In this final book, Kuang navigates these questions as Rin’s sanity declines. That’s actually why I loved Rin as the main character so much (I would not call her a protagonist), Rin in The Burning God is not presented as a saviour of the South but rather an egotistical, power/revenge-hungry individual fueled by rage. The irony of it all is that Rin did not particularly care for the South but rather the bodies and power that they provided her. I am not saying this to discredit the trauma that she went through. Her story as a war orphan alienated by society and during her time at Sinegard is crucial but how she processes that trauma and chooses to wield it is just as important. Kuang also specifically said that this trilogy explores how dictators are made and I personally think that she did so perfectly. Regardless, Kuang’s political commentary on the West/East through Rin was fascinating and refreshing. Rin explicitly describes the ugly realities of imperialism, and more specifically, religious colonialism and its hypocrisy.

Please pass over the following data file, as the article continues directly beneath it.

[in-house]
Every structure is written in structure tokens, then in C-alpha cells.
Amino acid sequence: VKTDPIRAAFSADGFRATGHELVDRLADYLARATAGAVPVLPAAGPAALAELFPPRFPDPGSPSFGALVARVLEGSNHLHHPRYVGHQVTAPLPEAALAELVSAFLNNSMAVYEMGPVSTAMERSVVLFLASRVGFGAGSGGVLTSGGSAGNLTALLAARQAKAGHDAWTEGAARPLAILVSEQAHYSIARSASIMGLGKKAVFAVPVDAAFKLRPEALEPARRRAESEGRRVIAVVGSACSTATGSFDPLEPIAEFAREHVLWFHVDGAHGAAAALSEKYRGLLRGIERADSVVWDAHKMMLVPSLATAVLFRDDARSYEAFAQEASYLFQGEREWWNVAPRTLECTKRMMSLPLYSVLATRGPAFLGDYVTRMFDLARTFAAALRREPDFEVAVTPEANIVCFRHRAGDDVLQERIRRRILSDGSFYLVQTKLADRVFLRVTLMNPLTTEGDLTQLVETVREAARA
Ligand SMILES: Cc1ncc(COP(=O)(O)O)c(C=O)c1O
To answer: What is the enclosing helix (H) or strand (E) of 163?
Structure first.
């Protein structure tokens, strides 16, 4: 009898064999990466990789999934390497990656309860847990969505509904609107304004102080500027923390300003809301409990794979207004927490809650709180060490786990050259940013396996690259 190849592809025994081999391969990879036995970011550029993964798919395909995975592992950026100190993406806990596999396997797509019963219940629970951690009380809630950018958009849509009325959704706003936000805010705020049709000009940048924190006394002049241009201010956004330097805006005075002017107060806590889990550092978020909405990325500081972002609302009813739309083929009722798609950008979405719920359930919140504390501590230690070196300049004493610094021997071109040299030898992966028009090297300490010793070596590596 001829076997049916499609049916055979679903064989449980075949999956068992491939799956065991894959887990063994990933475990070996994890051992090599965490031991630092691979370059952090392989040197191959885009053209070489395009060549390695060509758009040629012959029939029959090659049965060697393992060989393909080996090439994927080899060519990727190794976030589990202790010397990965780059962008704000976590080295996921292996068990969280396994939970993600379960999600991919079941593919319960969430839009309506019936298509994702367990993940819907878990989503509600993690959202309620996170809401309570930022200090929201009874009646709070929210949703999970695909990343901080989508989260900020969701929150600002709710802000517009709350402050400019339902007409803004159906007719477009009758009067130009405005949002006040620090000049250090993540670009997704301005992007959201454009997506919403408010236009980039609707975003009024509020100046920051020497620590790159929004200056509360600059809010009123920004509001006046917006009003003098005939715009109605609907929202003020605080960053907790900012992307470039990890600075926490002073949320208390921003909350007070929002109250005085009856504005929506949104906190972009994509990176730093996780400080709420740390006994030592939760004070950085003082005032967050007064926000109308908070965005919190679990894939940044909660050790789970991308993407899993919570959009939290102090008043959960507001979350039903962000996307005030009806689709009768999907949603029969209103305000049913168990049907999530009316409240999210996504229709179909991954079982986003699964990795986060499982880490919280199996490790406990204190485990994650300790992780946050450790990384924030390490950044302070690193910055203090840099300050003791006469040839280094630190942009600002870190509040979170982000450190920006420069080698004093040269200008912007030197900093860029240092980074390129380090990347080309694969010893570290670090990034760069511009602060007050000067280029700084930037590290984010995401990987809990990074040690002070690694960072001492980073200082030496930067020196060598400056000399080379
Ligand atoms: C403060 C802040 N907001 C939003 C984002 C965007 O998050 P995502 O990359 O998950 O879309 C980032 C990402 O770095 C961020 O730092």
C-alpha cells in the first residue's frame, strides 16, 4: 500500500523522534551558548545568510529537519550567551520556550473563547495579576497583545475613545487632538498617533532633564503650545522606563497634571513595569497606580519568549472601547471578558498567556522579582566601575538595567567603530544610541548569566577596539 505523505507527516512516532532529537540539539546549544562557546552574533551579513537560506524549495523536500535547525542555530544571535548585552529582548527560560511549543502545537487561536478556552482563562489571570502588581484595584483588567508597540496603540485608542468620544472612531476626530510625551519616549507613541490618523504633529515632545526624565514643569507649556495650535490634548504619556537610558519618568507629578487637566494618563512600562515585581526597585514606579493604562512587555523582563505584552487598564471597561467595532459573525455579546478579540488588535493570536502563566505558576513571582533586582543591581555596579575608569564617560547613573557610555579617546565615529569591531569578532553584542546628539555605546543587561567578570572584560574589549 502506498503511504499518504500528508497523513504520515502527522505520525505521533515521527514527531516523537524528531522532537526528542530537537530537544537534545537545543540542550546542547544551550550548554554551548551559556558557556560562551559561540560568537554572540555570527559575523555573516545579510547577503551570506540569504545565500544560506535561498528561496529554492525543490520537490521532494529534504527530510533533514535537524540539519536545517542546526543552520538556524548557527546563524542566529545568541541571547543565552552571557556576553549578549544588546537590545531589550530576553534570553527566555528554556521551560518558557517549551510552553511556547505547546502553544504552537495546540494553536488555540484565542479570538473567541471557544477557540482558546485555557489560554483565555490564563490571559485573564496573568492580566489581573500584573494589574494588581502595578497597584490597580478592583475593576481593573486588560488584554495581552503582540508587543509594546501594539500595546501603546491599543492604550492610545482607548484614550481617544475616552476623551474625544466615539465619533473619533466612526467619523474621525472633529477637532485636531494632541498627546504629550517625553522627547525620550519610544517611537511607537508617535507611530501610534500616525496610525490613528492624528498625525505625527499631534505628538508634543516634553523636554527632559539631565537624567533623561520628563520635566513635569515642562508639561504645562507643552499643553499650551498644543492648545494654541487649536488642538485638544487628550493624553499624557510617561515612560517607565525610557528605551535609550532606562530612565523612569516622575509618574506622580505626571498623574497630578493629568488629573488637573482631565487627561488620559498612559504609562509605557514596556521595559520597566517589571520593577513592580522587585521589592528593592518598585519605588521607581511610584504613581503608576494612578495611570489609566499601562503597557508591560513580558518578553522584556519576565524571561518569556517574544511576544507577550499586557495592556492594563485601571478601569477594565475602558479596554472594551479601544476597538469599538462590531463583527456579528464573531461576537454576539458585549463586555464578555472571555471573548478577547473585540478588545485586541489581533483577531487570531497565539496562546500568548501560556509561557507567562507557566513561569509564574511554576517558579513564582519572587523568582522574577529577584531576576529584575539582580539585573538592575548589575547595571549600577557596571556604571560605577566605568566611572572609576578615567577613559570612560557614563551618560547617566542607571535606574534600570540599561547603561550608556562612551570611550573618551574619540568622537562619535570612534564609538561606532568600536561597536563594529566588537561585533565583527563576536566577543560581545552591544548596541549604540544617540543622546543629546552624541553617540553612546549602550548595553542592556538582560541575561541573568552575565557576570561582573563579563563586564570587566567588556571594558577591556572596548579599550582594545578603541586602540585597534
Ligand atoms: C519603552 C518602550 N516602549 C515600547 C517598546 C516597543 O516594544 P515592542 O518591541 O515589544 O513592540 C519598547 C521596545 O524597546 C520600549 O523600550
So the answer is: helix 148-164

Consequently, this book focuses on trauma and the cycles of violence. We got to see the damaging effects of colourism, xenophobia, and colonization in such raw forms– the sad, ugly parts of humanity. The one thing to remember is that these themes are not specific only to this book but rather constant themes throughout our own history. An important scene that really stuck out to me was when Rin reached the New City and saw Nikan under Hesperian rule. Rin was struck by how clean and orderly it was and found herself and Kitay asking whether or not maybe succumbing to them was the only solution. When all you’ve known is war, of course you’d ask yourselves these questions. BUT! Of course Rin is too prideful for that (and I love it). To those who’re confused about this scene, I think it’s important to realize that the scene wasn’t about showing the Hesperian’s superiority but rather their exploitation of Nikan. Nikan, too, could have achieved such advancement if they weren’t ravaged by wars left and right. More importantly, Kitay and Rin represent the common sentiments towards the West: those who support colonialism for the sake of their livelihood and those who refuse to support colonialism also for the sake of their livelihood. This scene portrays distinct sentiments throughout history from the perspectives of the ‘colonized’ and it’s so important to recognize that. That being said, it wasn’t about how Nikan is inferior – RFK would not imply that – but what Nikan could have been and what was robbed from them. These wars were staged by the colonizers for them to go into Nikan to play saviours – that’s the critique RFK was pointing out to us!